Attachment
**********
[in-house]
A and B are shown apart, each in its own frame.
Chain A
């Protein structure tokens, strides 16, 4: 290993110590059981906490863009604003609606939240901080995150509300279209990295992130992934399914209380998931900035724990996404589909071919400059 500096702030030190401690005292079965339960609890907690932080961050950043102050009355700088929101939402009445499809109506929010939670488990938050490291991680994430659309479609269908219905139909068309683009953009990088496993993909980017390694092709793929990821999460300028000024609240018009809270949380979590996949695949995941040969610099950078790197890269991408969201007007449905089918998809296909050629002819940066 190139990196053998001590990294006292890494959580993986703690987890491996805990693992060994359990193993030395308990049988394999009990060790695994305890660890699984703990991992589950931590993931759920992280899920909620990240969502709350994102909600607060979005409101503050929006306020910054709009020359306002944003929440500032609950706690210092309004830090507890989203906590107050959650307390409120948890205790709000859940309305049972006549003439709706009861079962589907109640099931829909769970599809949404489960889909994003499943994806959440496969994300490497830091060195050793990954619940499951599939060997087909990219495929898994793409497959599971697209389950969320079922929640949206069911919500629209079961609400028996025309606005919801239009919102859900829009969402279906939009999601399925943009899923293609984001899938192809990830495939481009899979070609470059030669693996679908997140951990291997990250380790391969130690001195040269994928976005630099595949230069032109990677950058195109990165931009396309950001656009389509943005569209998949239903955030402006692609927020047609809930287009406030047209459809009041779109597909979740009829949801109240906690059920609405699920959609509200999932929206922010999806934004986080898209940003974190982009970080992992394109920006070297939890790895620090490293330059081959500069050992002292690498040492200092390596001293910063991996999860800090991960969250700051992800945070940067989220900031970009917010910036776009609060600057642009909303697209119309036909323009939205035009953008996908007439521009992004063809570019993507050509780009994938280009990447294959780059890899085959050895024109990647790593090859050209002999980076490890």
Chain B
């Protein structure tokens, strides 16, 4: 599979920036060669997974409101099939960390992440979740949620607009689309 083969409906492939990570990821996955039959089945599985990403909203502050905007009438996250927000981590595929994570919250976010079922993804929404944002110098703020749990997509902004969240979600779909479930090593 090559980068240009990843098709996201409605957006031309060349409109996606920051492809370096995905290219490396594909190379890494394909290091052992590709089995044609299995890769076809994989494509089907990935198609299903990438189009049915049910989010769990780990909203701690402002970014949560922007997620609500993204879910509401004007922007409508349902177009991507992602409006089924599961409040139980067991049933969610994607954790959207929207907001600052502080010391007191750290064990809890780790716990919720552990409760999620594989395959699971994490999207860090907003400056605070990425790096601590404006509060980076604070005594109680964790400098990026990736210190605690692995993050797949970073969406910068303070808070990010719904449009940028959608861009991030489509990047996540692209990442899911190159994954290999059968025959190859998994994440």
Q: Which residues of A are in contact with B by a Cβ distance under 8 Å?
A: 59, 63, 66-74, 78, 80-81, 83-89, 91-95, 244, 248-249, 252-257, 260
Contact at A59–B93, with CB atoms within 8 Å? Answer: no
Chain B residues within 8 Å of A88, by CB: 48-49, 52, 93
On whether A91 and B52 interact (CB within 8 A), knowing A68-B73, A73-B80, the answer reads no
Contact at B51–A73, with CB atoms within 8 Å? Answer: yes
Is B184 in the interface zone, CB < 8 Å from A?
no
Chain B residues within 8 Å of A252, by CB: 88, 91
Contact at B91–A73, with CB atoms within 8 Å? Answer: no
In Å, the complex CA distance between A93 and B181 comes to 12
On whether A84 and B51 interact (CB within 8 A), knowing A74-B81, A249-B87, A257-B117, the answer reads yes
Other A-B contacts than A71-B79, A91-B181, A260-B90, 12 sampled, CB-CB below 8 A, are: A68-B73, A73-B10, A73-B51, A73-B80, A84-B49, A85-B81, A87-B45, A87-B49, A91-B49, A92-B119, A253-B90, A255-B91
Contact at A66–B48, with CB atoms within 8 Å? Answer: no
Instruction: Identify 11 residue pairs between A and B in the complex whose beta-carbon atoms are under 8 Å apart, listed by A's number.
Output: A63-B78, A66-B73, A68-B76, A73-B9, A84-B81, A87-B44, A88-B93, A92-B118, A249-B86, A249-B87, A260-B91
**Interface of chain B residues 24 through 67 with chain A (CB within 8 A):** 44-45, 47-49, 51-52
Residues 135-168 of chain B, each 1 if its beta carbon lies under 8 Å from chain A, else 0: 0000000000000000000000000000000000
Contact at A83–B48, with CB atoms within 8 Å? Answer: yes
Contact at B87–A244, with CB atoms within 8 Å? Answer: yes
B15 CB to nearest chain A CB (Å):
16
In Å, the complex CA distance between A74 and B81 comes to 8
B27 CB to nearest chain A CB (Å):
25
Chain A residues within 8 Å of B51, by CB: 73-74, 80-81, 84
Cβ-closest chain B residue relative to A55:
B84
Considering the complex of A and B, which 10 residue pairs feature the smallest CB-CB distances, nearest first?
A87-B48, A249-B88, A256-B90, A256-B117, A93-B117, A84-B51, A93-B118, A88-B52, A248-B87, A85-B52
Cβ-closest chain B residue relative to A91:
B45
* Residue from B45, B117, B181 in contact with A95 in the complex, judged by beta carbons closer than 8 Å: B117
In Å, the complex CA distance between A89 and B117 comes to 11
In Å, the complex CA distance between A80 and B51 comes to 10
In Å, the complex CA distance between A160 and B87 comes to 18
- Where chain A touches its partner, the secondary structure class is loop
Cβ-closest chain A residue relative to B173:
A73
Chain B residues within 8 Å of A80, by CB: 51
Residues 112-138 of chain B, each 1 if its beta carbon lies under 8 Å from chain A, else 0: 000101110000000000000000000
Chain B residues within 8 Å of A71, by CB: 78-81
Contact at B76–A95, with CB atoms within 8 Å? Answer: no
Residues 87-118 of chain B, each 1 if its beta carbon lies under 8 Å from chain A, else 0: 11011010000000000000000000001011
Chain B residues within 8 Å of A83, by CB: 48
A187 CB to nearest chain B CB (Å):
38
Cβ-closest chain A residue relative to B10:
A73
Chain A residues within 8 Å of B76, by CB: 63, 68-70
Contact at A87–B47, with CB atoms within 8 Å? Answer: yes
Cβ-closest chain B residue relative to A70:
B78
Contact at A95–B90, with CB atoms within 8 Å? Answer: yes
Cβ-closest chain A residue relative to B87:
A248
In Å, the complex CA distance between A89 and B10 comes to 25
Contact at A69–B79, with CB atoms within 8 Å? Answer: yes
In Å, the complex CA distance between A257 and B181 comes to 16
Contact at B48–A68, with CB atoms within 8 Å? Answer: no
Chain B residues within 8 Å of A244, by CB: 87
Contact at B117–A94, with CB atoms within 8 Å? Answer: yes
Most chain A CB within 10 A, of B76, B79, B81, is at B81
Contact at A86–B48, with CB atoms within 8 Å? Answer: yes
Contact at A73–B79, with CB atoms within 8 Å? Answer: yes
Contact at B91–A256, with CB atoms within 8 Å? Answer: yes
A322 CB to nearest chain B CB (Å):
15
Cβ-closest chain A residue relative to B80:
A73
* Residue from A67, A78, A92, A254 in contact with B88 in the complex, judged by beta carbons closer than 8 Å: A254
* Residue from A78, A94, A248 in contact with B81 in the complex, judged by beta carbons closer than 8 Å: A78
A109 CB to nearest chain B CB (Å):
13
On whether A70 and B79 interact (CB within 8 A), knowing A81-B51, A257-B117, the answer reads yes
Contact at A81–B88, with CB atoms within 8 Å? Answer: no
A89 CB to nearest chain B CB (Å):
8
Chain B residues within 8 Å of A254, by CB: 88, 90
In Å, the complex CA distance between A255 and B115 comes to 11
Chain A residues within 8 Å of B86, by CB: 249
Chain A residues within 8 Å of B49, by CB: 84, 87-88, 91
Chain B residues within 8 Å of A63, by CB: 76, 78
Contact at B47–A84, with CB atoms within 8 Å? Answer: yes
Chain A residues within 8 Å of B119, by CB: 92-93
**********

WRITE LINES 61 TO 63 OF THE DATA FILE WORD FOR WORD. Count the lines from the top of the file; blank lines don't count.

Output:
Cβ-closest chain A residue relative to B87:
A248
In Å, the complex CA distance between A89 and B10 comes to 25